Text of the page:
Meet Steamboat’s Master Gardeners: Adele Carlson |

Meet Steamboat’s Master Gardeners: Adele Carlson

John F. Russell

Sure, a lot of us have gardens. But few among us have sprouted with the pastime like Jack’s proverbial beanstalk, taking the activity to new levels. These are our local Colorado Master Gardeners, a registered service mark of Colorado State University Extension used to identify official accredited volunteers. They’ve completed the necessary coursework and are some of our town’s best. We canvased three of them for some of their tips.

Arriving in Steamboat in 1982, Adele Carlson, 64, is the horticulture supervisor for the Home Ranch and Clark Property Management Co., meaning she knows what grows in Routt County.

Steamboat Living: Tell us about the Home Ranch garden

Carlson: Our farm-to-table program was the vision of general manager Clyde Nelson. He started thinking about it 10 years ago as executive chef, but 2012 was our first summer producing with the “potager” garden outside the dining room. In 2013, we added the hoop house and fenced in 2 1/2 acres, which we now call Clyde’s Farm. Last year, we added an outdoor kitchen, chicken coop, another set of raised beds, an orchard, hops, a pond, strawberries and raspberries. This year, we’ll add more raised beds, hopefully as a children’s garden, as well as blueberries and cherries. We should have about 4,000 square feet in production this summer.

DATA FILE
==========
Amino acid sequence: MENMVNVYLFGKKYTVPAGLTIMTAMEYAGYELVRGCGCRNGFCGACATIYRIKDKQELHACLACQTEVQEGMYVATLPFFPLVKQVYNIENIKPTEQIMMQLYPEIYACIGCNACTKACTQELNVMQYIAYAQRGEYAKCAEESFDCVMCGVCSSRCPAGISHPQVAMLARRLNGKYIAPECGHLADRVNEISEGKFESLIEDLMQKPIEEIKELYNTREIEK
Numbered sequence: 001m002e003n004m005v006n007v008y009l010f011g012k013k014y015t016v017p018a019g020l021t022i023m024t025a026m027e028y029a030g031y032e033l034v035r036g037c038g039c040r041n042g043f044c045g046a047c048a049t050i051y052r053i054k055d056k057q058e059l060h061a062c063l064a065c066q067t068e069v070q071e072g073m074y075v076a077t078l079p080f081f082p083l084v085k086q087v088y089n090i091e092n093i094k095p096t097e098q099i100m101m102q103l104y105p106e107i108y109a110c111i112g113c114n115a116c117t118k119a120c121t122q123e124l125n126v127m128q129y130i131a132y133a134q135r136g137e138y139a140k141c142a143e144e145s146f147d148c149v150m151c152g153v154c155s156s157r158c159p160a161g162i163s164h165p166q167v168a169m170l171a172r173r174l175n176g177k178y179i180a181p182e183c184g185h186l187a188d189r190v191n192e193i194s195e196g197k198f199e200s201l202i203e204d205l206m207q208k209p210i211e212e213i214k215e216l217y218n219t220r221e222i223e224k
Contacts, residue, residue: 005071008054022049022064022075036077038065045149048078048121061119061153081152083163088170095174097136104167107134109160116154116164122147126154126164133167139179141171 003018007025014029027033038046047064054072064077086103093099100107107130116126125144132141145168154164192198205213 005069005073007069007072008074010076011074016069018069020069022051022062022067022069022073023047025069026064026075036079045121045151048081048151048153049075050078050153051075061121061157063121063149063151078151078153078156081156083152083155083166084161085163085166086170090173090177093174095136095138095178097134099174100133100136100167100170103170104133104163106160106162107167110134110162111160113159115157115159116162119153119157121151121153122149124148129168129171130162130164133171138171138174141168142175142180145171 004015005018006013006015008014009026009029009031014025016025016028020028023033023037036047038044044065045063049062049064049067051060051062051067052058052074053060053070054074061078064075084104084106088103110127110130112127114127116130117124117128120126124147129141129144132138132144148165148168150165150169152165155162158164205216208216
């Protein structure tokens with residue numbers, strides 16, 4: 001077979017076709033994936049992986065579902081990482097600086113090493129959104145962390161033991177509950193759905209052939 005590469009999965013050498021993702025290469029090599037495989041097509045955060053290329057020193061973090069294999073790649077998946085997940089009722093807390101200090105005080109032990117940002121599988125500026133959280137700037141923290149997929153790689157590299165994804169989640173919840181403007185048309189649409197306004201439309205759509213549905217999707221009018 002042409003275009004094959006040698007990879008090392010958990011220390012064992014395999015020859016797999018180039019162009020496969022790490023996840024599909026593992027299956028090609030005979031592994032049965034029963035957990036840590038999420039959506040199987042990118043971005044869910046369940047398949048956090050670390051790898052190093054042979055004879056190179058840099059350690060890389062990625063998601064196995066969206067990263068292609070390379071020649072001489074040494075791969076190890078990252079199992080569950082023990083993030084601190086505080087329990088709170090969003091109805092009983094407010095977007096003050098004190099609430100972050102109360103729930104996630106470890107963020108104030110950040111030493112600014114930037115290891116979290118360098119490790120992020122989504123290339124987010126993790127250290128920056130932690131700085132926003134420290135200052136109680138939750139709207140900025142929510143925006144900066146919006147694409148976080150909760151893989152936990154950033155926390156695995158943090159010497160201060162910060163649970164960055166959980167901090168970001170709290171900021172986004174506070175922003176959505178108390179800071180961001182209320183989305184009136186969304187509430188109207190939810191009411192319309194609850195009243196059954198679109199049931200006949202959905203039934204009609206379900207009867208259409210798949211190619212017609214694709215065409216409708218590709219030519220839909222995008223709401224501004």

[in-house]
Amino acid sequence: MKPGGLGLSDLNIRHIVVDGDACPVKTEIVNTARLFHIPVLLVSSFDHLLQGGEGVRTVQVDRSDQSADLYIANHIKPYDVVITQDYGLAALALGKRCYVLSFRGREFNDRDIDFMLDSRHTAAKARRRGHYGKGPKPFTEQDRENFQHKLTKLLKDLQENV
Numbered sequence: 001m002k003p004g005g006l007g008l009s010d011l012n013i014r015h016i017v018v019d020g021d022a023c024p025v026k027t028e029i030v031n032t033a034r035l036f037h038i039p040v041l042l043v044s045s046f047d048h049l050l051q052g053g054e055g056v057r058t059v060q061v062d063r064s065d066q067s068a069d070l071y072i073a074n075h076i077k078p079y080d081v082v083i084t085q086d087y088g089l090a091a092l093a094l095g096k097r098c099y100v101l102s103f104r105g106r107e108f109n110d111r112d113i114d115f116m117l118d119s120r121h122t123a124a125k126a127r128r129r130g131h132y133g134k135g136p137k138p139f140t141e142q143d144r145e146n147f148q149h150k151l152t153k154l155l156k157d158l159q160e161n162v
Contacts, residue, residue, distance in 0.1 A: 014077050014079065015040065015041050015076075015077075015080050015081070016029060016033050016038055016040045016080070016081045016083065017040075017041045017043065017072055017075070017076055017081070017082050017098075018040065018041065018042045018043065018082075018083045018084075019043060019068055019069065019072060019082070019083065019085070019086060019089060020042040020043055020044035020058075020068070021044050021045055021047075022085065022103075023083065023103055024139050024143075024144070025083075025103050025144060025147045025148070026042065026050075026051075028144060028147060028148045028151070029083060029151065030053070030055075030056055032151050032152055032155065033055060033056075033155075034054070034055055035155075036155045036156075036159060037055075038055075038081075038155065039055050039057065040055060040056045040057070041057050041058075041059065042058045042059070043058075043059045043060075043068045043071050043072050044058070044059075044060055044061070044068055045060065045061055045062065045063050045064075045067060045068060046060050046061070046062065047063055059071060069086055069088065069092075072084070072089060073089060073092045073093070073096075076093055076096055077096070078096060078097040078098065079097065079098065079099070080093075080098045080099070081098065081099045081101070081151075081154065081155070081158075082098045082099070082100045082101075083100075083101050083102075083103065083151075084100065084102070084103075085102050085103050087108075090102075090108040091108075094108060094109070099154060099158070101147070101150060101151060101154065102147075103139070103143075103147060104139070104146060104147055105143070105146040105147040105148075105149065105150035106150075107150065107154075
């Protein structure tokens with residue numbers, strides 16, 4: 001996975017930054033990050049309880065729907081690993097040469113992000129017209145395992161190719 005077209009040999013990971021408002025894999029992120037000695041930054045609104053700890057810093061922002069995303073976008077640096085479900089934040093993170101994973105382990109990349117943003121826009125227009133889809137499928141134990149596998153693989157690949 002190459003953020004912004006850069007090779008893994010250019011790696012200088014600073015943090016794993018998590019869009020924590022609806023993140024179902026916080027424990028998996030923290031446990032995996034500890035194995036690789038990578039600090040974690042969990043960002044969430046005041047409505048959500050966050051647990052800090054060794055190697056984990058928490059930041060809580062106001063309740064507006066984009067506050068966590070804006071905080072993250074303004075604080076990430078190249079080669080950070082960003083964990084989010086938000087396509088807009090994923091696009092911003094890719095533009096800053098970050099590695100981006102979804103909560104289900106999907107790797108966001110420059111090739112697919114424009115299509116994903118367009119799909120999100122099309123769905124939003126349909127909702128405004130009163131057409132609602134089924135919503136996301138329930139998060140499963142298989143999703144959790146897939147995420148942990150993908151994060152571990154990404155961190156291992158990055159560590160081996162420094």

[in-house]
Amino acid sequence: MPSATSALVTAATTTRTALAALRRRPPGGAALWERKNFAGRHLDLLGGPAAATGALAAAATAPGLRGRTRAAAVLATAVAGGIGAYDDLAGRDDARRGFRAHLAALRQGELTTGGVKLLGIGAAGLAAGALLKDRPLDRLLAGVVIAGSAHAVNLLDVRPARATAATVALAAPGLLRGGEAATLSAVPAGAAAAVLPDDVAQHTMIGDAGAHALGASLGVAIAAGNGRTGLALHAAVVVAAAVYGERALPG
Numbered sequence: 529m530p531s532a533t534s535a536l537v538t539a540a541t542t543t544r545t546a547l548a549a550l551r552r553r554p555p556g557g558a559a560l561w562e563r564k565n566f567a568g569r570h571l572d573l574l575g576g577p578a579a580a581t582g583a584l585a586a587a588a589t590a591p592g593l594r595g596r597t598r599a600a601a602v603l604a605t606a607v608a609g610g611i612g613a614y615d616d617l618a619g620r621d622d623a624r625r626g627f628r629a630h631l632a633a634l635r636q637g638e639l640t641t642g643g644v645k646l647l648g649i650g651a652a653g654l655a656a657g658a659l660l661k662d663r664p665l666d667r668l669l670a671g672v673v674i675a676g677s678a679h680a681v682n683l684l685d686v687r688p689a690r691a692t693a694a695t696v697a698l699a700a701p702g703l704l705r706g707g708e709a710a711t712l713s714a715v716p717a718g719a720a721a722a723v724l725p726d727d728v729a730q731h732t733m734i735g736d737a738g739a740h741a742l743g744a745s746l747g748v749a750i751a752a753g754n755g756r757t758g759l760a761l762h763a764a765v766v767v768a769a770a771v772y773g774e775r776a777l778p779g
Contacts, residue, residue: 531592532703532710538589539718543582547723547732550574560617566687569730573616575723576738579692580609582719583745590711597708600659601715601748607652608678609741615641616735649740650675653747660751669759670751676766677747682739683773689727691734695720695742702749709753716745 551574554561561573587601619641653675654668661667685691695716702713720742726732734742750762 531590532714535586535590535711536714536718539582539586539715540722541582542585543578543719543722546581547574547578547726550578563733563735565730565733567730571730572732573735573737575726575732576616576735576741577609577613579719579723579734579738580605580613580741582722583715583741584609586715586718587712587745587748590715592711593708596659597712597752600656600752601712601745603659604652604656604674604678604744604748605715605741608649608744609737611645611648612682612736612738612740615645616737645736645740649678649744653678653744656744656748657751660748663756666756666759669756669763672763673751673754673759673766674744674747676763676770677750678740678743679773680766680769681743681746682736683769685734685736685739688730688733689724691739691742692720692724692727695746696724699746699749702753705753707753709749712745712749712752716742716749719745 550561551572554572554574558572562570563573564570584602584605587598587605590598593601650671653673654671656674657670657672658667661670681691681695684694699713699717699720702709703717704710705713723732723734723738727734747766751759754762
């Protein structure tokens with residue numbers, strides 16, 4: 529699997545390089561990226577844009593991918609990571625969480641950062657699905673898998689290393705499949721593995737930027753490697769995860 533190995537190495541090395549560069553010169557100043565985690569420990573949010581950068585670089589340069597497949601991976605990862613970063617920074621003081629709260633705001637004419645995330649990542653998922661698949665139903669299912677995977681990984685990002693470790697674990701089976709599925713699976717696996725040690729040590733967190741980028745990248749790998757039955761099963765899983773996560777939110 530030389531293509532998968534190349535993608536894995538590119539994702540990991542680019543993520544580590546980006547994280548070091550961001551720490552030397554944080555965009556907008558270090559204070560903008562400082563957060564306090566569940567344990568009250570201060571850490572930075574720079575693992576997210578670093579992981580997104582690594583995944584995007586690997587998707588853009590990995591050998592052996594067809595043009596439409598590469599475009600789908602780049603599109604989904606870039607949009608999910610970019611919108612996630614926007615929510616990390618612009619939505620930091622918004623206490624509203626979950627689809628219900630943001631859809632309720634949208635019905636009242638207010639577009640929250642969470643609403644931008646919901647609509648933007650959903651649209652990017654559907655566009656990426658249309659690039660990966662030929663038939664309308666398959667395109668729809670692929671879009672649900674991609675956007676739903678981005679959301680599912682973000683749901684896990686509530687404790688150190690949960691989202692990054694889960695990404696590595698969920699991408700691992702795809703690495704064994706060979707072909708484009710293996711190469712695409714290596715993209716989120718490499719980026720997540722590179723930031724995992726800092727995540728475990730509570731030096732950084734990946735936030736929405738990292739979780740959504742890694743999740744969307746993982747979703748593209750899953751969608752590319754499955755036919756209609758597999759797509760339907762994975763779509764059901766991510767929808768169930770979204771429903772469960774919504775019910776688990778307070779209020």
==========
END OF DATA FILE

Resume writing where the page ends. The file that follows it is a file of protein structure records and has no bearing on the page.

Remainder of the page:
SL: What do you like about gardening?

Carlson: I love being outside. Gardening is very rewarding and challenging. I love working with the soil, figuring out what plants work, which don’t, seeing the harvest of vegetables and the flowers we use for ambience in our lodge and guest rooms. There’s always something to do and learn.

SL: How did you get into gardening?